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Abigail Arrington
Of course, the sugar crash that comes later will ensure the best way to spend the afternoon is with a nap. Sounds like a perfect Sunday. :)
Seems a shame that restaurants don't offer birthday cake for breakfast. It's a great way to start the day.
Don't get me wrong, I've enjoyed many of Grisham's past books, but lately he's not up to par. Seems he's forcing stories he doesn't feel.
Perhaps there are a few guys who can create great female characters, but too often it takes an imagination and understanding most lack.
I also think dude shouldn't write about things he's never experienced, such as big law firms, women lawyers, or really the law in general.
In other news, was looking for a weekend read & considered John Grisham's latest til I scanned it and the reviews. Dude can't write women.
Which is exactly why I got a good laugh when pundits jumped on the Pope's words, as if they had no understanding of what he represents.
To that end, free speech has never been a thing when it comes to religion. The Bible & other texts are full of stuff God "said" we can't do.
I don't think it should come as a surprise that the Catholic church would take the position folks should care how they impact others.
It's one thing to express an opinion or belief, but another to express it in a way that is injurious. In short, the idea is to do no harm.
And, I believe his odd example was just an illustration of this. The point being, it's wrong to say things just to anger others.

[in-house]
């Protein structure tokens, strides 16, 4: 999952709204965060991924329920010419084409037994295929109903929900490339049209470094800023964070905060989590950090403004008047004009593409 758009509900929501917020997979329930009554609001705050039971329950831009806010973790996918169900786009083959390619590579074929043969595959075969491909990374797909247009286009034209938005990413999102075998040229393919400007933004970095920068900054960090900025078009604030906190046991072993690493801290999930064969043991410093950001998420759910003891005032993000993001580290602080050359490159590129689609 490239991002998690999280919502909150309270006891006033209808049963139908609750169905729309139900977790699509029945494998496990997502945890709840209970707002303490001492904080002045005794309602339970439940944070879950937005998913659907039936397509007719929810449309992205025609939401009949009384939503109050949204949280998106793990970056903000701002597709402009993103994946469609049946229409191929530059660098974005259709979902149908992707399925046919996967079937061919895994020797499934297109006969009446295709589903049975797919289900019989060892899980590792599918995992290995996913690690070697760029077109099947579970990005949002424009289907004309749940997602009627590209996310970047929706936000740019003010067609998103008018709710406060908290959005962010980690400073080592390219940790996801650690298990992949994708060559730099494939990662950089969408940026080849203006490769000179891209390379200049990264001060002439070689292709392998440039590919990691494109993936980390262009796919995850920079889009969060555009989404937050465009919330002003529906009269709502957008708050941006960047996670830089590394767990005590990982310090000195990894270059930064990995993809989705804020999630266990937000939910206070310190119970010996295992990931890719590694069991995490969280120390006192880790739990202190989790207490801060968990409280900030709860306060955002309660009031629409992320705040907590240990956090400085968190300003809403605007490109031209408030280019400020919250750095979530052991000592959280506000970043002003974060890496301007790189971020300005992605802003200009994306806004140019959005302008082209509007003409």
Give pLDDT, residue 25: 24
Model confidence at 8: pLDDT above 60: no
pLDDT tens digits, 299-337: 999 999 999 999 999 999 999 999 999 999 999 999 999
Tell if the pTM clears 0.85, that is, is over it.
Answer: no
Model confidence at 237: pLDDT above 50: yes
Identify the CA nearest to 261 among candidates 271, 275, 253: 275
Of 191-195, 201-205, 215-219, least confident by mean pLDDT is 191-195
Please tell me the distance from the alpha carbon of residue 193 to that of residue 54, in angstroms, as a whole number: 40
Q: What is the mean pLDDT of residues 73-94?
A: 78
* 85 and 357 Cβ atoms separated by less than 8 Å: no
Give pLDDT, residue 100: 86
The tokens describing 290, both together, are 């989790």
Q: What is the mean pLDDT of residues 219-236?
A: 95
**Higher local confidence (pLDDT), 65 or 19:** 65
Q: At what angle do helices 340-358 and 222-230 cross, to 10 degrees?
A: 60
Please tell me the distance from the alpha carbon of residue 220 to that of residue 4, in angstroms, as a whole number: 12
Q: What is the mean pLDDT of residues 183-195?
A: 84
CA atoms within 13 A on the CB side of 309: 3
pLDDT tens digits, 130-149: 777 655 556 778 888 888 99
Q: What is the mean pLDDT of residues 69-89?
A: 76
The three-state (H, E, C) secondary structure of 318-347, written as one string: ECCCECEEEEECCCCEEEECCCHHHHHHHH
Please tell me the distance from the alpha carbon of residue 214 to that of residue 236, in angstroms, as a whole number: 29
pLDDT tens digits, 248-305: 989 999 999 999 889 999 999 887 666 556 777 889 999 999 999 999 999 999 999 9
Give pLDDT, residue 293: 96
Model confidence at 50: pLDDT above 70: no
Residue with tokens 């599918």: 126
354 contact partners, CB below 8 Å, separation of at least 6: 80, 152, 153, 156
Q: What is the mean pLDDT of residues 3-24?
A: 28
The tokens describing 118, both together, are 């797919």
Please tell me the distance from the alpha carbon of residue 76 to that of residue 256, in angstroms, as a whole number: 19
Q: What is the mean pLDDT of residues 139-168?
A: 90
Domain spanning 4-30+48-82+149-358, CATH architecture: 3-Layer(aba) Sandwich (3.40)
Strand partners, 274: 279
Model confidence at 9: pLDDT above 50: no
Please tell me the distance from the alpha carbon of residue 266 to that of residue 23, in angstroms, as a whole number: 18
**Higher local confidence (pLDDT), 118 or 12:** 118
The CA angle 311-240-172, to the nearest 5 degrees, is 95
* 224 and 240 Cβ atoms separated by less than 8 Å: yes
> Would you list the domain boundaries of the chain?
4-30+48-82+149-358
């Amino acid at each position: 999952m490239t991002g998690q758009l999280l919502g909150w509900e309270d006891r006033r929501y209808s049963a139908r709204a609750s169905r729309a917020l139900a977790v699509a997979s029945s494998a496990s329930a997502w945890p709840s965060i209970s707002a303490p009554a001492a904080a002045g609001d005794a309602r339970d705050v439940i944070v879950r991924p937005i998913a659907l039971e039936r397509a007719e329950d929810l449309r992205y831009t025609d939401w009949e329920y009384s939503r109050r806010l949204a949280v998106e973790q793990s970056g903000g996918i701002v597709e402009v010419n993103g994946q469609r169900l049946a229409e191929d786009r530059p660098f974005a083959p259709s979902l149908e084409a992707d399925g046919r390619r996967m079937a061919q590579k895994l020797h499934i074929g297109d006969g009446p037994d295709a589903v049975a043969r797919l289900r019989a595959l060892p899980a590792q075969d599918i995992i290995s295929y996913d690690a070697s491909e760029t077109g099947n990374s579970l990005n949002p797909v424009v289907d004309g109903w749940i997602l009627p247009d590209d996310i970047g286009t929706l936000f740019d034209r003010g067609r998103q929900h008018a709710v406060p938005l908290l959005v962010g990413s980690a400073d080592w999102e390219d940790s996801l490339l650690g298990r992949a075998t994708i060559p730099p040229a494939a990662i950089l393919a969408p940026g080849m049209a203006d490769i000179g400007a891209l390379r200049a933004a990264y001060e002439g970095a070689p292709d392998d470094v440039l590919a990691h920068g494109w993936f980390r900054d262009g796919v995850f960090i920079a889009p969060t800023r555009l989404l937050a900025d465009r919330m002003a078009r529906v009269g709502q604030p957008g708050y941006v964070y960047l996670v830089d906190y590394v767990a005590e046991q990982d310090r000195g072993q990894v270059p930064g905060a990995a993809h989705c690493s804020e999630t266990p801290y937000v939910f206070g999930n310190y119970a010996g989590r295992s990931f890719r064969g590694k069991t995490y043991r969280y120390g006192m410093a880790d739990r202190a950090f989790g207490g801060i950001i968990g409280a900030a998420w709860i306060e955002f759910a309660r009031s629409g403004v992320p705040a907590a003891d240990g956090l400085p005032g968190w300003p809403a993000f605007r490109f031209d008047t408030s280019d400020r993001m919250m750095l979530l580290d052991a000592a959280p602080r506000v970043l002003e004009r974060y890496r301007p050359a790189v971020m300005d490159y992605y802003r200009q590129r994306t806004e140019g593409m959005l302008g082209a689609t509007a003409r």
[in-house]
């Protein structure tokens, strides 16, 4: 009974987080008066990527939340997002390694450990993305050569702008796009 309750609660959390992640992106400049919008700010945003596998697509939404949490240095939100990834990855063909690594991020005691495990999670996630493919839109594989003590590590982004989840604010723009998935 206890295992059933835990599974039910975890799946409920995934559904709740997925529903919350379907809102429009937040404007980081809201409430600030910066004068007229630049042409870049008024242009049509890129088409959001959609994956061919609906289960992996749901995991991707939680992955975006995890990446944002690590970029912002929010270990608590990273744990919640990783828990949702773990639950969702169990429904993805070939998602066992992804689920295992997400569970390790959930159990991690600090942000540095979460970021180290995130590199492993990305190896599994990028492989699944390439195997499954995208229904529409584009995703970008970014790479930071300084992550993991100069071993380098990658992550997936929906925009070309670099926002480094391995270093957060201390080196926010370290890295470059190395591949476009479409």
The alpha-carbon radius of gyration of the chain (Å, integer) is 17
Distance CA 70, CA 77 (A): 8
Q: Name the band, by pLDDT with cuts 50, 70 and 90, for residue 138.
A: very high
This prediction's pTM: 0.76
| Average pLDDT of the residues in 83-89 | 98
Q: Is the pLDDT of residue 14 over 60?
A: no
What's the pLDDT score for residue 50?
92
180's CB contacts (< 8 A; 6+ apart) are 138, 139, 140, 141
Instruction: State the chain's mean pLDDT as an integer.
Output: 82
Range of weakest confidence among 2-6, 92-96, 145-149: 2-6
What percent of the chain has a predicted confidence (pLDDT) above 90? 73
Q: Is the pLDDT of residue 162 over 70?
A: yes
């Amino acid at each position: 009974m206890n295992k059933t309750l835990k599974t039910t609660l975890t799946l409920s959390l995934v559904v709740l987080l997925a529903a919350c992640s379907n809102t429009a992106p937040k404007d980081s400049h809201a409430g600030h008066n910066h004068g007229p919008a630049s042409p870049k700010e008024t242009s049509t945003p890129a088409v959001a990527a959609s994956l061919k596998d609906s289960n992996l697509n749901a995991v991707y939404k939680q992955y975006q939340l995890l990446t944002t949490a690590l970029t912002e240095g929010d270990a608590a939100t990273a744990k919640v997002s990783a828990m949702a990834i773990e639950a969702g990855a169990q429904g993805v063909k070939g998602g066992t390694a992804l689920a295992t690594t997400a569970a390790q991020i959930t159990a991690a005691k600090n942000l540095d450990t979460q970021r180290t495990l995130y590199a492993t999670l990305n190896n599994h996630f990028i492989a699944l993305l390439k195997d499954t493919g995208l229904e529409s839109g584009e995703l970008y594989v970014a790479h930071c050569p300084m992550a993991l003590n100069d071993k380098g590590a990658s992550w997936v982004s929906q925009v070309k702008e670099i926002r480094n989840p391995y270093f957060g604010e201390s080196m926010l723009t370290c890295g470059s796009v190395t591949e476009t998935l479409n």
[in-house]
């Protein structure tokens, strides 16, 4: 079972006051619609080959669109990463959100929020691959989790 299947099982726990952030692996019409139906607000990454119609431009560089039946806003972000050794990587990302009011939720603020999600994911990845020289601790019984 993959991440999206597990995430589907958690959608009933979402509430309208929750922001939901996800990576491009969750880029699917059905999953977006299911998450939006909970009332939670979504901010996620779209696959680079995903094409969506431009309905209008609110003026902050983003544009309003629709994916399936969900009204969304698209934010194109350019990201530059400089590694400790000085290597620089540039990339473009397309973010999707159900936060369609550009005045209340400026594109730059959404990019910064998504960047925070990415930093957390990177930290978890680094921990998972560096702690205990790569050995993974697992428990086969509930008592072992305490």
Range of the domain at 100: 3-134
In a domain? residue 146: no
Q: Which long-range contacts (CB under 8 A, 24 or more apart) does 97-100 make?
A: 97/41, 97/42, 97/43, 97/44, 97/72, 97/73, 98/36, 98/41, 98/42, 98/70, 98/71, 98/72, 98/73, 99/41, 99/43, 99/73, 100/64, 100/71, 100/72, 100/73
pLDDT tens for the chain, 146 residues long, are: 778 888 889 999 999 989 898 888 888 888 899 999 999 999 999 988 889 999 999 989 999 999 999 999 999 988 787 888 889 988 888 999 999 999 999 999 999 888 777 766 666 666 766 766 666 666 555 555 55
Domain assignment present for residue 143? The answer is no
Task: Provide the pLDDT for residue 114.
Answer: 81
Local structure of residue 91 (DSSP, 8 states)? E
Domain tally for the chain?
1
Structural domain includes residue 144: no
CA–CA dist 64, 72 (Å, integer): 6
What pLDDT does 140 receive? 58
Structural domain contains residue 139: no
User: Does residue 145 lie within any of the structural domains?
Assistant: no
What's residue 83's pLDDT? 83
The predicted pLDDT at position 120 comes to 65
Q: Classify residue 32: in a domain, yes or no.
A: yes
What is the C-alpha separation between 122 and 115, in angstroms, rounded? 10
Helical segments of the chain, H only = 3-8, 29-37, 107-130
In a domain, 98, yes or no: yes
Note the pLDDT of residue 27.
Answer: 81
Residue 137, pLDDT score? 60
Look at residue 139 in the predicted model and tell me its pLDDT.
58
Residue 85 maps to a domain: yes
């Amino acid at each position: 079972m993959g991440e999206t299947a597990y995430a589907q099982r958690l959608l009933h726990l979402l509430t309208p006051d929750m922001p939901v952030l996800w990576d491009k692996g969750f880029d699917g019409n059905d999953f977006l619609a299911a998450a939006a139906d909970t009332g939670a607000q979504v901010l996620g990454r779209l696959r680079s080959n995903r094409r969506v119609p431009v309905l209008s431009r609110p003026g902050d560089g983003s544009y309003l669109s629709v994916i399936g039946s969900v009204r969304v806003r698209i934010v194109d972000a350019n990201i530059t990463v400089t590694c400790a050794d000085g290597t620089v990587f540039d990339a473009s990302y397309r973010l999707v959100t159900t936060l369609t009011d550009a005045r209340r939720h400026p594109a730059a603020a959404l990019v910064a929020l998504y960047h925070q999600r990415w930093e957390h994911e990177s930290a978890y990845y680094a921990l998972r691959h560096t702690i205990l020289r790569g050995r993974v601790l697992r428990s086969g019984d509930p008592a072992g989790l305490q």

What he was trying to explain was that people as a general rule know what types of speech will upset those around them.
He said, as I understand it, that if someone insulted his mother, he would punch them in the nose. I don't think he meant that literally.
The Pope commented recently re: free speech and stated that it was wrong to provoke others to violence. The example he used was unusual.
Now, I'm gonna do something no one might expect, including me...I'm going to defend/explain something for the Pope. I know, imagine that?
Mind you, I'm for limitations on speech when it incites hate/violence, but application of the law has to be equal and with adequate process.
Another issue, arbitrary application. Prosecutor says don't have the right to attack people or incite hate? Charlie Hebdo did that often.
One troubling aspect of new French law limiting speech is fact that trials are accelerated to go from accusation to trial in three days.
If guessing, I'd say OPEC's move is directed toward the Keystone Pipeline now that Congress might move on it. But could be larger issue. :-/
OPEC/Oil Prices - more ways than one to limit freedoms: Big Oil Companies Cut Costs/Jobs on Worst Slump Since 1986
As I feared, a tilted freedom: French Rein In Speech following Terror
Presumably, that could be from an internal oversight or omission, as well as an aberrant employee. Not sure if the former argument was made.
So, in the prior court ruling (now on appeal) judge said had to be someone from Sony publishing the stolen data for there to be coverage.
Wait, did I say that out loud... :-/